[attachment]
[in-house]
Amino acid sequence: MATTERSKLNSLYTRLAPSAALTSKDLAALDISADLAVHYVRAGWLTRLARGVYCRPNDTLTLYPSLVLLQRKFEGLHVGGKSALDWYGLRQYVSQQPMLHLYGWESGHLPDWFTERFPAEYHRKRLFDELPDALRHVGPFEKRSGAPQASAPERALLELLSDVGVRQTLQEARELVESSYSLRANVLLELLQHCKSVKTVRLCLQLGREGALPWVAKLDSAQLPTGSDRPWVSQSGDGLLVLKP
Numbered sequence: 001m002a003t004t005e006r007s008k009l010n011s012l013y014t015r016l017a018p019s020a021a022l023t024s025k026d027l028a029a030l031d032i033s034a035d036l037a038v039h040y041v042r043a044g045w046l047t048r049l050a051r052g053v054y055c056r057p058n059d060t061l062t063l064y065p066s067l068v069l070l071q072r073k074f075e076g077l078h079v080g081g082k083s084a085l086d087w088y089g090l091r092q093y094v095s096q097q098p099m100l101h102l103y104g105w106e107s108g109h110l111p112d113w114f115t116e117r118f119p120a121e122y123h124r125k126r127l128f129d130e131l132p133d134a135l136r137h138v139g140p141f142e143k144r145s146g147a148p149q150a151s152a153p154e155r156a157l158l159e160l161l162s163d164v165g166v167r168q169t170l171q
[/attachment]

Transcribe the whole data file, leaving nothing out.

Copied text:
[in-house]
Amino acid sequence: MATTERSKLNSLYTRLAPSAALTSKDLAALDISADLAVHYVRAGWLTRLARGVYCRPNDTLTLYPSLVLLQRKFEGLHVGGKSALDWYGLRQYVSQQPMLHLYGWESGHLPDWFTERFPAEYHRKRLFDELPDALRHVGPFEKRSGAPQASAPERALLELLSDVGVRQTLQEARELVESSYSLRANVLLELLQHCKSVKTVRLCLQLGREGALPWVAKLDSAQLPTGSDRPWVSQSGDGLLVLKP
Numbered sequence: 001m002a003t004t005e006r007s008k009l010n011s012l013y014t015r016l017a018p019s020a021a022l023t024s025k026d027l028a029a030l031d032i033s034a035d036l037a038v039h040y041v042r043a044g045w046l047t048r049l050a051r052g053v054y055c056r057p058n059d060t061l062t063l064y065p066s067l068v069l070l071q072r073k074f075e076g077l078h079v080g081g082k083s084a085l086d087w088y089g090l091r092q093y094v095s096q097q098p099m100l101h102l103y104g105w106e107s108g109h110l111p112d113w114f115t116e117r118f119p120a121e122y123h124r125k126r127l128f129d130e131l132p133d134a135l136r137h138v139g140p141f142e143k144r145s146g147a148p149q150a151s152a153p154e155r156a157l158l159e160l161l162s163d164v165g166v167r168q169t170l171q